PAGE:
Today, I am excited!
I have contacted US Senator Michael Bennet and requested he look into consolidating the vast recreational and wildlife viewing areas around Blue Mesa Reservoir into a new National Park, called "BLUE MESA NATIONAL PARK." I know any government action is a long shot but one must TRY.
Not only would this action streamline the varied public lands into one, federally protected area around Blue Mesa Reservoir; it has the potential to increase needed federal funding, provide better support for recreational activities, protect the unique sage meadows of Gunnison county, provide true conservation efforts to the wildlife and habitat of this county and increase tourism to this dynamic area.
Blue Mesa Reservoir is the largest body of water in the state of Colorado. It is 20 miles long and has nearly 100 miles of shoreline. The surrounding areas are mostly BLM and public lands consisting of State Wildlife Viewing areas and Curecanti National Recreation Area (nearly 42,000 acres) operated by the US National Park Service. There are about 650 miles of snow-melt streams that flow into the Gunnison river, which is the primary water source that fills Blue Mesa Reservoir. The Gunnison river continues downstream and flows through Black Canyon National Park and eventually into the Colorado river.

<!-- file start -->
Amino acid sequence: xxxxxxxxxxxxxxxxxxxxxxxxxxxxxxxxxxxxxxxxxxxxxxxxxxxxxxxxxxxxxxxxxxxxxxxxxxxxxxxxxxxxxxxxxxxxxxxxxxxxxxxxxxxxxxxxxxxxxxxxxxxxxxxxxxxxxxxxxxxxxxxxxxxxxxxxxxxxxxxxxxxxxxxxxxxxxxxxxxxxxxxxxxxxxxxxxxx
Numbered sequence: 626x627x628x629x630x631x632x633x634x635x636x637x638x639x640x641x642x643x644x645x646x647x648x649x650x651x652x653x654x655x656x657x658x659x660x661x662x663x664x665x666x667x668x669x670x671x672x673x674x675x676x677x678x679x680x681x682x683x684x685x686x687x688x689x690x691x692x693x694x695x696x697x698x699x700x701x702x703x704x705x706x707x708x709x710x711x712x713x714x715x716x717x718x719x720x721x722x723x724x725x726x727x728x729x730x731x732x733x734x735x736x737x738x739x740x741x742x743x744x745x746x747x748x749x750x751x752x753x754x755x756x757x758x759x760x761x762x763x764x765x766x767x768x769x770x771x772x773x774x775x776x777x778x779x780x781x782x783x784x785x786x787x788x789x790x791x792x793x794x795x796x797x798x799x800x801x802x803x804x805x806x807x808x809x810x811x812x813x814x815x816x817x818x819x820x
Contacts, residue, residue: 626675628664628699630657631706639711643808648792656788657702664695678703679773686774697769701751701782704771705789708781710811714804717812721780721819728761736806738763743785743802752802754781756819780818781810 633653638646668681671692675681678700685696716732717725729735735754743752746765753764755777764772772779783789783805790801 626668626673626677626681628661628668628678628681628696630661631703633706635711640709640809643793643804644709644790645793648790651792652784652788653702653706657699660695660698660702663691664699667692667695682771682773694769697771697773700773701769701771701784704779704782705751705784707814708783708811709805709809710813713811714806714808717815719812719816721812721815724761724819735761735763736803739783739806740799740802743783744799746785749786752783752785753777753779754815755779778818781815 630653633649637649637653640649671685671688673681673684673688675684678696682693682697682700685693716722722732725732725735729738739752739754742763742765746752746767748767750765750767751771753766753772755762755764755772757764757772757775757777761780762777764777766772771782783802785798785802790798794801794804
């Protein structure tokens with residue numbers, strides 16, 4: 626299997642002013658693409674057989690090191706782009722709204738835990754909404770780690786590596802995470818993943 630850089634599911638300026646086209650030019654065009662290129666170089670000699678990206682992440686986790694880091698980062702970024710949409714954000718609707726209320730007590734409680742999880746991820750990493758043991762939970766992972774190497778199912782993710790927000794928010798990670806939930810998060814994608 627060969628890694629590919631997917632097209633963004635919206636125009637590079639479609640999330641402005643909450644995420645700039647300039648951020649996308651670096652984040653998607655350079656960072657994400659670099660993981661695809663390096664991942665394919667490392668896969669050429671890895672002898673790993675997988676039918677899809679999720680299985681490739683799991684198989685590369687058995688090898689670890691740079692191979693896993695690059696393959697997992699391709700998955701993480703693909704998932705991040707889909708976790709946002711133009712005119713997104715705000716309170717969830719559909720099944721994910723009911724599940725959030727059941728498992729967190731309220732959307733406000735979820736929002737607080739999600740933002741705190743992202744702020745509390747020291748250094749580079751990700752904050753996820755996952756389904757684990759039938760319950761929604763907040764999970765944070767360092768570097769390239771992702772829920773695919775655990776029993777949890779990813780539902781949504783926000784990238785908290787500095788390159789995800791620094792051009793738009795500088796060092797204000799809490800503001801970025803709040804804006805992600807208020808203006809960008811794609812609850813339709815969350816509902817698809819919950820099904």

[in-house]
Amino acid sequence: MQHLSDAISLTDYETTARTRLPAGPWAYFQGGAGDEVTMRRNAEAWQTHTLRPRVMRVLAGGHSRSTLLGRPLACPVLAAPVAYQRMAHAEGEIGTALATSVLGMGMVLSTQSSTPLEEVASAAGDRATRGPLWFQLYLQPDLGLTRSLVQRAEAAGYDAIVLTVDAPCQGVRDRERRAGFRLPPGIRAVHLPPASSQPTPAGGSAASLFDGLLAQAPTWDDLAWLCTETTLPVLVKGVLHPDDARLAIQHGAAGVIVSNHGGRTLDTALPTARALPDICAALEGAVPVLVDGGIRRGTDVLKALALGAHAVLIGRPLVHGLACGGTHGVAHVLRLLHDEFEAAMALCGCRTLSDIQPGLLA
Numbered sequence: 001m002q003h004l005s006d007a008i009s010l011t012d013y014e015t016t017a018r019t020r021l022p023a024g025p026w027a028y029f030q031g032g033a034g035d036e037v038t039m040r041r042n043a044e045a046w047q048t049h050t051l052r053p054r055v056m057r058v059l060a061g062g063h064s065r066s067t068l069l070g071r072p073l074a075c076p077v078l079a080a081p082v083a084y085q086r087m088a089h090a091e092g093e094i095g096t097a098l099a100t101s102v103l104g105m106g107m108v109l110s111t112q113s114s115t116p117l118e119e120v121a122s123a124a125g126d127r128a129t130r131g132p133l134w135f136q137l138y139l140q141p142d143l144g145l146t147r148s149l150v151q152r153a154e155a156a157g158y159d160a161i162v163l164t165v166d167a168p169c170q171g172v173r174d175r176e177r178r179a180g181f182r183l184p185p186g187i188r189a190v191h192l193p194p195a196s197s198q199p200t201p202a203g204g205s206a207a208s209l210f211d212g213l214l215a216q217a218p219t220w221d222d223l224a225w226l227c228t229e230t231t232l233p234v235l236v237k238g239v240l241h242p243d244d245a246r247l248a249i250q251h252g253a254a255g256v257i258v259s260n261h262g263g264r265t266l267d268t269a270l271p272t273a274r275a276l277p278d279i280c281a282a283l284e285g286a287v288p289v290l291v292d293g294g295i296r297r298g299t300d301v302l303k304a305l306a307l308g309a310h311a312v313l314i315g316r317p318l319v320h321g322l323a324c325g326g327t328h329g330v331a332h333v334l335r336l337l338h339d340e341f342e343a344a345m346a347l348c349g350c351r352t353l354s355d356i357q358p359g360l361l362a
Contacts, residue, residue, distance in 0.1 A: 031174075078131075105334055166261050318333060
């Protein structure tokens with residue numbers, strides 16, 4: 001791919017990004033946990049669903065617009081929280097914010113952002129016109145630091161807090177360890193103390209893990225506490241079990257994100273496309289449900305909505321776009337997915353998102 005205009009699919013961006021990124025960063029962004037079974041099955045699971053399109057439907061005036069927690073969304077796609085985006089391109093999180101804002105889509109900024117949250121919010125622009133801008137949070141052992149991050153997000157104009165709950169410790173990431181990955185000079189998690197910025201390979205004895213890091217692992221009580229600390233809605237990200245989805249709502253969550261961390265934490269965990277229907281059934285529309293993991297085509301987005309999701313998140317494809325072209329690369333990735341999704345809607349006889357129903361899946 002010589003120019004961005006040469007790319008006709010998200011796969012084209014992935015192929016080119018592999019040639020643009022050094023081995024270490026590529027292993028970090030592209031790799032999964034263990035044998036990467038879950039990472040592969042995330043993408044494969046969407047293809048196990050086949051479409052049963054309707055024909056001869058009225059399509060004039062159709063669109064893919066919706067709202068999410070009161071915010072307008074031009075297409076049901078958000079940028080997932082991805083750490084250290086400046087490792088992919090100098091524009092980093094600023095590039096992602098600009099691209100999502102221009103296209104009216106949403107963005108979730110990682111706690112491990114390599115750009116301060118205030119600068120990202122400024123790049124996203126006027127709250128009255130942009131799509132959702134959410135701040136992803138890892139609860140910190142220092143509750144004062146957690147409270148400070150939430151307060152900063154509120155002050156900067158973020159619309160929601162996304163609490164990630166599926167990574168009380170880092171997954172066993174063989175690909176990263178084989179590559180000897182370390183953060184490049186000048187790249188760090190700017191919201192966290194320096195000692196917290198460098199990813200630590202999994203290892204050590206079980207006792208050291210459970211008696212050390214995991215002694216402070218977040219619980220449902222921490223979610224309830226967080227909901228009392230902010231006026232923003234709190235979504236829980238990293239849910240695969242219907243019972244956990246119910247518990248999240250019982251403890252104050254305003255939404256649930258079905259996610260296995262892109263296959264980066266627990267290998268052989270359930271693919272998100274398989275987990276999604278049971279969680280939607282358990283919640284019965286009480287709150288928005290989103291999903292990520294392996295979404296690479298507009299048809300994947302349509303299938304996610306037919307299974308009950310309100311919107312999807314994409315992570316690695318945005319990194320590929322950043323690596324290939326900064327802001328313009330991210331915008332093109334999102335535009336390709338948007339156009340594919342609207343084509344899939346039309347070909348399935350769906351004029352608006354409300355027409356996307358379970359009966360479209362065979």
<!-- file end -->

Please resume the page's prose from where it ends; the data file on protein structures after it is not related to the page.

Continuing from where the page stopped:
Gunnison county is a rich wildlife environment full of hundreds of diverse species. There are the larger animals such as moose, deer, bear, cougar and Yes! ... more elk than people. We have fox, racoon, coyote, soon-to-be-reintroduced wolf, porcupine, beavers, badgers and rabbits. There are trophy trout in the streams and reservoir. We have Bald eagles, Golden eagle, several species of Hawks and owls. There are hundreds of 'backyard' birds and several different squirrels. At higher elevation, one can see marmots and pikas. Gunnison county is also, home to the rare and unique Gunnison Sage-Grouse.
"Dreaming of Blue Mesa National Park" is the focus of my next gallery show at the Gunnison Arts Center this summer.